- SLSS4014 Socio-Legal Studies Honours D – Semester Two
Honours C and Honours D do not have regular weekly meetings, but instead represent work on the thesis. Students are expected to meet regularly with their supervisors and monthly with the Honours Coordinator.
The heart of the Honours degree is the completion of a research-based thesis of 18000-20000 words. Students design and execute their theses in cooperation with a supervisor assigned by the Department. Students are encouraged to contact potential supervisors in advance, and are invited to request specific supervisors (though it is not always possible to meet such requests). Recent thesis titles include:
- Alternative Dispute Resolution, Indigenous Justice and the “Care Circle” Pilot
- Developing a Generational Model of Youth Engagement in Politics
- Feminism, Sexual Identity and “Raunch” Culture
- The Politics of Queer Manhood
- Sorting Out Autism Spectrum Disorders: Evidence-Based Medicine and the Complexities of the Clinical Encounter
A wide variety of research methods can be used in thesis research. In recent years, students have written theses based in data from interviews, archives, media, surveys, and censuses. Theoretical theses are also possible. The Department of Sociology and Social Policy is broadly open-minded about the kinds of theory, data, and methods that can be used in Honours research.
Students can work under the supervision of any member of the academic staff in Department of Sociology and Social Policy, including postdoctoral fellows. Names, research interests, and contact information for these people can be found on the relevant staff pages of the Departmental website
Click here to link to Academic Staff
Upon acceptance to Honours study, students are asked for brief summaries of their research interests, which are circulated to all potential supervisors. Students are asked to nominate potential supervisors (if desired) and, where possible, students are matched with their preferred supervisors. Students are never forced to work with specific supervisors; all supervisors are assigned in consultation with both students and their potential supervisors.
Assessment Criteria and Procedures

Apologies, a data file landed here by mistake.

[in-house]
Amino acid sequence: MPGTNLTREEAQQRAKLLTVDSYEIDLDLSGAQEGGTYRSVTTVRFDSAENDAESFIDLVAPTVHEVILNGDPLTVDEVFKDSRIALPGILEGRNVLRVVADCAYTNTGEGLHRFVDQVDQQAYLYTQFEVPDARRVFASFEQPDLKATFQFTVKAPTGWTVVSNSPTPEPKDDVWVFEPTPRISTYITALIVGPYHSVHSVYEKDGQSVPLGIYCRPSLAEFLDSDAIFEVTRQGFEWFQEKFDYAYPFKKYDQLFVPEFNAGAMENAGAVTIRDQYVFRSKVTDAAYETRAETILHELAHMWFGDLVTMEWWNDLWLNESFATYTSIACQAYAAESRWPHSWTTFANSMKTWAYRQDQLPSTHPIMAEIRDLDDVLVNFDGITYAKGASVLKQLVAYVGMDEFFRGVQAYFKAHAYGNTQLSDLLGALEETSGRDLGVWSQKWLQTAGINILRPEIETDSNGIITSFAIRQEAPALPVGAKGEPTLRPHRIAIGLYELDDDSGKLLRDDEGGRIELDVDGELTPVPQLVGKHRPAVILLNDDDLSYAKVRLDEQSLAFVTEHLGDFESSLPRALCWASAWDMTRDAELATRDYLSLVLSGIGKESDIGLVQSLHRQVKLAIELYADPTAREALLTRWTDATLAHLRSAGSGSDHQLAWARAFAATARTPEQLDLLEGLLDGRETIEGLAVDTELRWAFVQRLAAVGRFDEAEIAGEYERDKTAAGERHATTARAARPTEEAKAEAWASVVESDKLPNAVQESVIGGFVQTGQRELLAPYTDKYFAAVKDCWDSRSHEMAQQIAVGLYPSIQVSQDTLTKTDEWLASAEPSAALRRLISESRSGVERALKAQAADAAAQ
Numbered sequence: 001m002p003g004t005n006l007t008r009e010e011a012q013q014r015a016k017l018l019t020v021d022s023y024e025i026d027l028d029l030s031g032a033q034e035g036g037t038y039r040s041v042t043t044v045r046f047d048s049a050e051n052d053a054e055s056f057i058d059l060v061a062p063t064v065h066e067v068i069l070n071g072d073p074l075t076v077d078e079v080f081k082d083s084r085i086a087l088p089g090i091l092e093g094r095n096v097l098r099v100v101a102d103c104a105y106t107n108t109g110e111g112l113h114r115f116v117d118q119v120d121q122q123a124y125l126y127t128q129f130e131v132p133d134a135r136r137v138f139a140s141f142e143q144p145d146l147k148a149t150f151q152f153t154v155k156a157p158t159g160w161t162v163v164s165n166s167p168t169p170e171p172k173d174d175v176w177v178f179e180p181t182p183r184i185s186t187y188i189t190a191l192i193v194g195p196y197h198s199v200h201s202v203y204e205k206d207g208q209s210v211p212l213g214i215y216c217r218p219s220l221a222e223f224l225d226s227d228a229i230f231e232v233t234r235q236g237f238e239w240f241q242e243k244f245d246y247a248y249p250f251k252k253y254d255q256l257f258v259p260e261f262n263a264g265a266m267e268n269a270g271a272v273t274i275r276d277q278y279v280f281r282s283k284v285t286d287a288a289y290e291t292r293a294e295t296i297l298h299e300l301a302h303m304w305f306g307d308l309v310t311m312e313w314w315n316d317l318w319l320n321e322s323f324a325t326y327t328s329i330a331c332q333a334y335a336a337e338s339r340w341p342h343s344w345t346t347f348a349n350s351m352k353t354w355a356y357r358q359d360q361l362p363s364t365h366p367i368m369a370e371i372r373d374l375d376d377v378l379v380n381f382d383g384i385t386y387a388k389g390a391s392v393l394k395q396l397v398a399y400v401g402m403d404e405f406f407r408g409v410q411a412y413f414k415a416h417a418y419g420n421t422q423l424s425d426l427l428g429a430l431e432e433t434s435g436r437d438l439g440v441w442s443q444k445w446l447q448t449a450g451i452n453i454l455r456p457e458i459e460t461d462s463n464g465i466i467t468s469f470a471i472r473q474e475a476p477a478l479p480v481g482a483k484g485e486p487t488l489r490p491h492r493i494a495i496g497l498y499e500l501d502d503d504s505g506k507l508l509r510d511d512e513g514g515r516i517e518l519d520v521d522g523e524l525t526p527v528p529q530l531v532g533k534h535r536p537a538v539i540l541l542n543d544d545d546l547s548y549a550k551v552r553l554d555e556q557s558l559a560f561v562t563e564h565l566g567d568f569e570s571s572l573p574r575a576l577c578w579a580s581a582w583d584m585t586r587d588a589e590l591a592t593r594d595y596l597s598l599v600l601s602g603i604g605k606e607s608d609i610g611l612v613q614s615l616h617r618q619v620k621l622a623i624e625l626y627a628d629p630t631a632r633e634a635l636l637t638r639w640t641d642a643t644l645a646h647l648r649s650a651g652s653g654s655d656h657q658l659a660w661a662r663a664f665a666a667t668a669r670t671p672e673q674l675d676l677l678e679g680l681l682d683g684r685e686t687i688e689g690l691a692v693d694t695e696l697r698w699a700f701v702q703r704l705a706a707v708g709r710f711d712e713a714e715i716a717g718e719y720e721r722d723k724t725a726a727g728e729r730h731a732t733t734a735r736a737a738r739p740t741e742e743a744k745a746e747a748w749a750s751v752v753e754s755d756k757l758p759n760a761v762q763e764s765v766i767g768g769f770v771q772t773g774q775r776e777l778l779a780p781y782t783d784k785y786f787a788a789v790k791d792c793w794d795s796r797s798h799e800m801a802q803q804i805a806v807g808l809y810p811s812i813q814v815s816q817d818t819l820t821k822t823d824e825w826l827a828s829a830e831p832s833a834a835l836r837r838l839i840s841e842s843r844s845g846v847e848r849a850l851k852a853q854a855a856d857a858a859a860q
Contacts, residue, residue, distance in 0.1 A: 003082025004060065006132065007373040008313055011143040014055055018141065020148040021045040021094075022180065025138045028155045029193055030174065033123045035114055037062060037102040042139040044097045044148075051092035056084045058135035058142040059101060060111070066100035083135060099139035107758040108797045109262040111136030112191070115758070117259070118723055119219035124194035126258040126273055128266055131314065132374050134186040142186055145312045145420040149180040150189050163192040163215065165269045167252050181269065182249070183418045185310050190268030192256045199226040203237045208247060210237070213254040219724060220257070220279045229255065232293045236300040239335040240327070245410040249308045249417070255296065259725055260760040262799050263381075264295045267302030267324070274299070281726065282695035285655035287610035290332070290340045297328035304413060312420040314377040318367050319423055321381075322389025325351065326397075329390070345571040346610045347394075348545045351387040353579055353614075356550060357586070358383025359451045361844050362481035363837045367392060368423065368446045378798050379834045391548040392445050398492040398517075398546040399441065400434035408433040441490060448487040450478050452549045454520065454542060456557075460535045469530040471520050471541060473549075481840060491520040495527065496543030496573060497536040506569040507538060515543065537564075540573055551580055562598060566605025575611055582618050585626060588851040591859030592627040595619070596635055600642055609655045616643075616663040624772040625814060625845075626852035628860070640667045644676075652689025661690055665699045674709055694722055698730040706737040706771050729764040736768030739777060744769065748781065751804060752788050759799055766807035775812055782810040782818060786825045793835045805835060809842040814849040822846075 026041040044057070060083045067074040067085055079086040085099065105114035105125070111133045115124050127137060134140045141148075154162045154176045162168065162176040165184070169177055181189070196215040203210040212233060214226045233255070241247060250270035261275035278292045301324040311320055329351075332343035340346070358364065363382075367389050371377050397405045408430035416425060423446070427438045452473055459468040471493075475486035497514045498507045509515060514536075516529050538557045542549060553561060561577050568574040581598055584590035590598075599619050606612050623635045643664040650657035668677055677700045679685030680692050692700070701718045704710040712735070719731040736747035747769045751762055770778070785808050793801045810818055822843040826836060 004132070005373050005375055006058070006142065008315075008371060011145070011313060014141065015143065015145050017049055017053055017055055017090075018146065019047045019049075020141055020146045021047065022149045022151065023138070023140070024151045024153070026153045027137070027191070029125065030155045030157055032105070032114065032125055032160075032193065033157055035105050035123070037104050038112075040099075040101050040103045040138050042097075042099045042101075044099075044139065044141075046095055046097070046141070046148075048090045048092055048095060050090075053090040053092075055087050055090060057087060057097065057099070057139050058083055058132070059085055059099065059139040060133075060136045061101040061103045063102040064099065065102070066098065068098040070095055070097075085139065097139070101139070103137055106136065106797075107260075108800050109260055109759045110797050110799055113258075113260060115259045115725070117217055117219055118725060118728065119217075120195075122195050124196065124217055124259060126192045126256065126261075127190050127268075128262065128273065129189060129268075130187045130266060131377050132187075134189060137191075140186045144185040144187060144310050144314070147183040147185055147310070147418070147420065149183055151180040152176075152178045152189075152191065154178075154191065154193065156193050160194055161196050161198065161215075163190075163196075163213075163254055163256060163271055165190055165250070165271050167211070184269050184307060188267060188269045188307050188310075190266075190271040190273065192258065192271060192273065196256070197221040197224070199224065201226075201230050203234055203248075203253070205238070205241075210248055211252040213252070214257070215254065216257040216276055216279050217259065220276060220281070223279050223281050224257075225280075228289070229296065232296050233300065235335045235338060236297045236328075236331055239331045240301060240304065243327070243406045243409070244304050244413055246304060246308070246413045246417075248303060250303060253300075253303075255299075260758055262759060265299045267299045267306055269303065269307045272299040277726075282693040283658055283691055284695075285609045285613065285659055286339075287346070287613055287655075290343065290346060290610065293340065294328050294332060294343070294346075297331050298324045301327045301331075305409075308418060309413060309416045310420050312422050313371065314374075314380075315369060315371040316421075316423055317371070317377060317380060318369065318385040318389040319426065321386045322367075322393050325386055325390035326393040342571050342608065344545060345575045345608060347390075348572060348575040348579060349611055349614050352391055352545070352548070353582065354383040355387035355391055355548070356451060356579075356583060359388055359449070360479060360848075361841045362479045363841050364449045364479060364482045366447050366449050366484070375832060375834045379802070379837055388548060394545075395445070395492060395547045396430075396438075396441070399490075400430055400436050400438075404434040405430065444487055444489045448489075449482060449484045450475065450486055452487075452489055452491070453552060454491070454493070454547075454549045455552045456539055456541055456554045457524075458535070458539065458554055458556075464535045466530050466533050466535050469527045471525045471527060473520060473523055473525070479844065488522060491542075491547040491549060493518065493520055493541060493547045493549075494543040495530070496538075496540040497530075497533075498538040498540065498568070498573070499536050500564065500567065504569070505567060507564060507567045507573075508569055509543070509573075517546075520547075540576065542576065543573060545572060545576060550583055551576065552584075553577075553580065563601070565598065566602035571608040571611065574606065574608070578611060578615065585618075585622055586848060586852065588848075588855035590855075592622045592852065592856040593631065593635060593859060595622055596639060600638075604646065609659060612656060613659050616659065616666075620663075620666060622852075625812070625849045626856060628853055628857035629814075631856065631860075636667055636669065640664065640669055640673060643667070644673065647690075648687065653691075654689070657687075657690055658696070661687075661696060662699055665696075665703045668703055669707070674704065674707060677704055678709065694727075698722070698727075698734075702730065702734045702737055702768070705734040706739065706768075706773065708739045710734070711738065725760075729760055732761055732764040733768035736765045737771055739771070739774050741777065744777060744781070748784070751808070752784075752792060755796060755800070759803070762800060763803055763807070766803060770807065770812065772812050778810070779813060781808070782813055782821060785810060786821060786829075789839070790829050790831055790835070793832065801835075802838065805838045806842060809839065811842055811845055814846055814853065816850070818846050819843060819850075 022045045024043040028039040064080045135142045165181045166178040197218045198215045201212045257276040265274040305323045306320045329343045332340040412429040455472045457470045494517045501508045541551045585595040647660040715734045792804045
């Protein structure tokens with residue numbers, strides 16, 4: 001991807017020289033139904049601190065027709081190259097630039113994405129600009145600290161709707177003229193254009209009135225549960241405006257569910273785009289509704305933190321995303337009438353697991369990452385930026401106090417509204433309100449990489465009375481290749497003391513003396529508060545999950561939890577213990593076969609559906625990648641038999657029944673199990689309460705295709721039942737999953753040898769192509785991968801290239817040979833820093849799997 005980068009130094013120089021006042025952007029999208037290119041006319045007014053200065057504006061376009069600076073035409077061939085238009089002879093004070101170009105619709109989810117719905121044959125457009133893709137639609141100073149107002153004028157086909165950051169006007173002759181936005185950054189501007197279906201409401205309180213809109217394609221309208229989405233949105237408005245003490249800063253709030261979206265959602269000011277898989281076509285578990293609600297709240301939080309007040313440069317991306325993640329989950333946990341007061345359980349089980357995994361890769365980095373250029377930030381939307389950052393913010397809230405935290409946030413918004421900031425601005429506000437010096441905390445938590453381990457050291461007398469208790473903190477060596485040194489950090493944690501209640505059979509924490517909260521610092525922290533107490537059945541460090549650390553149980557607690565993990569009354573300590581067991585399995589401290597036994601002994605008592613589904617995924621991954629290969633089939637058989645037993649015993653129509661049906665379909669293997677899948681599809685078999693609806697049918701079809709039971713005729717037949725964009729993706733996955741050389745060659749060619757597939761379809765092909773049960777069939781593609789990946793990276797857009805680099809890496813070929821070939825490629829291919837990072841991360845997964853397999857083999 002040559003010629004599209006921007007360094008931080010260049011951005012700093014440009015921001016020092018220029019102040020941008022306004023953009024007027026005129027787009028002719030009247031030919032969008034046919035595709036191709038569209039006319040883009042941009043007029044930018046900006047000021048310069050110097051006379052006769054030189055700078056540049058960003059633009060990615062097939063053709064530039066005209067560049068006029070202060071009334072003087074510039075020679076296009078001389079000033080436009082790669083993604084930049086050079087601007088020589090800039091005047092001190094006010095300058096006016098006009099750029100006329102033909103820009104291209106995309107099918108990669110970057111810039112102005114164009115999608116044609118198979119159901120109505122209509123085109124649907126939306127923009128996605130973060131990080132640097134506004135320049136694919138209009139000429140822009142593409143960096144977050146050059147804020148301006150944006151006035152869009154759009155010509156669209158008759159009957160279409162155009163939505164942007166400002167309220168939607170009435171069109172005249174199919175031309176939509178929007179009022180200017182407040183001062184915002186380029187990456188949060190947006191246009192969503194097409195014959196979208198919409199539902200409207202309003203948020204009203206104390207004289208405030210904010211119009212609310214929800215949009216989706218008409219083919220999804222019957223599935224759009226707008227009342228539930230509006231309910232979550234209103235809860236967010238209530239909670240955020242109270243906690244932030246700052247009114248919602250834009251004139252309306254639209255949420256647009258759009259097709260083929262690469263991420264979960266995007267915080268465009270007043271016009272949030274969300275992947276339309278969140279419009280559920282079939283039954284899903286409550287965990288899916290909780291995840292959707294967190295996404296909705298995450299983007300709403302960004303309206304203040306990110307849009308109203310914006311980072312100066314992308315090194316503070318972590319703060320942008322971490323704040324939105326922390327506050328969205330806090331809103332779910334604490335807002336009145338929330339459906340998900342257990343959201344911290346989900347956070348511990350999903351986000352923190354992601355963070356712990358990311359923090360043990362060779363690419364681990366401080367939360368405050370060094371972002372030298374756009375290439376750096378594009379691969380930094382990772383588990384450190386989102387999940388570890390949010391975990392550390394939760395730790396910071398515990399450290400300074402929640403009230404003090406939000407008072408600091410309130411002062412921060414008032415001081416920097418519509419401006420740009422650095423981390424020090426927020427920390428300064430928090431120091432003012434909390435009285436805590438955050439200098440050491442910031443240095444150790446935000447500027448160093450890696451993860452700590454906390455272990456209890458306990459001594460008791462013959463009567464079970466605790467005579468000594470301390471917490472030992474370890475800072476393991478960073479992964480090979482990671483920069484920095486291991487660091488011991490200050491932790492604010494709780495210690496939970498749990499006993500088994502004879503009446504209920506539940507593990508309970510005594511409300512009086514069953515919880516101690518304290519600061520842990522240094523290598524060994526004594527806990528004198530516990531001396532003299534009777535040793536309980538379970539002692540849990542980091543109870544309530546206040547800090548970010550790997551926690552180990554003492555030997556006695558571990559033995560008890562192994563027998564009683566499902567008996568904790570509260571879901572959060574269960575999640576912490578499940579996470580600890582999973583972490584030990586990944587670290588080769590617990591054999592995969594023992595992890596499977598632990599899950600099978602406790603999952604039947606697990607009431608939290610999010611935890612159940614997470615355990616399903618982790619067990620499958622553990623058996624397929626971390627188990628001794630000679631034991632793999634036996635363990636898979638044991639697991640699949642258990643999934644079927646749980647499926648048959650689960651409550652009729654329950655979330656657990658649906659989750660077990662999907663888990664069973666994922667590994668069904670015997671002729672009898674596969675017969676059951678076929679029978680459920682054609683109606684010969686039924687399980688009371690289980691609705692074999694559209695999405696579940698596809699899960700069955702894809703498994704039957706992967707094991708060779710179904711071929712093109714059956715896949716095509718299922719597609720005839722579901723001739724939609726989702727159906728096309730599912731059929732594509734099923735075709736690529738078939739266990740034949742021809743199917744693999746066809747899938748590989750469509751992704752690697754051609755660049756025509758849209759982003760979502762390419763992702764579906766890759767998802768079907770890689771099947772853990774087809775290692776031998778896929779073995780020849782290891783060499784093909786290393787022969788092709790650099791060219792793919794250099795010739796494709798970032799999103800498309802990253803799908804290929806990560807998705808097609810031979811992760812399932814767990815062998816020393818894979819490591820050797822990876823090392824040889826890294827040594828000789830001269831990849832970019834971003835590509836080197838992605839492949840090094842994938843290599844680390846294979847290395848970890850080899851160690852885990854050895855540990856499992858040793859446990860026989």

Seminar scores are marked by the respective seminar convenors, while the thesis is marked by 2-3 members of the academic staff (with the advice of the full Honours Examiners' Committee) as described above. Work is marked according to Faculty-wide Honours marking standards.
Attendance is expected at all Honours seminars and workshops, and all Honours work is expected to be submitted on time. There is no explicit penalty for non-attendance or late work. Such cases are rare, and are dealt with on a one-by-one basis by the Honours Coordinator and the Departmental Honours Examiners' Committee.
The Honours year commences with the beginning of Semester One. Completed theses are due early in October. Specific dates are announced early in the Honours year Enrolment.
Honours has different kinds of unit of study codes from junior and senior units. Honours students enrol in four "shell" units – Honours A, B, C, and D – two for each semester of full-time study. Your overall Honours mark will be recorded as the result for the "Honours D" unit. These shell units do not correspond directly to the Honours seminars or thesis: they are simply the student records system's way of registering that you are enrolled in Honours. This means that when you choose your specific Honours seminars, the only people involved are you, the department Honours Coordinator, and the seminar’s teacher. In Sociology and Social Policy, all students take the same seminars, so no choice is required on the part of the student.
The Department of Sociology and Social Policy only offers its Honours seminars in Semester One, so part-time study and study beginning in Semester Two are not generally possible.
- Faculty of Arts and Social Sciences Honours page
- Faculty of Arts and Social Sciences Undergraduate Handbook
- Scholarships and Prizes Office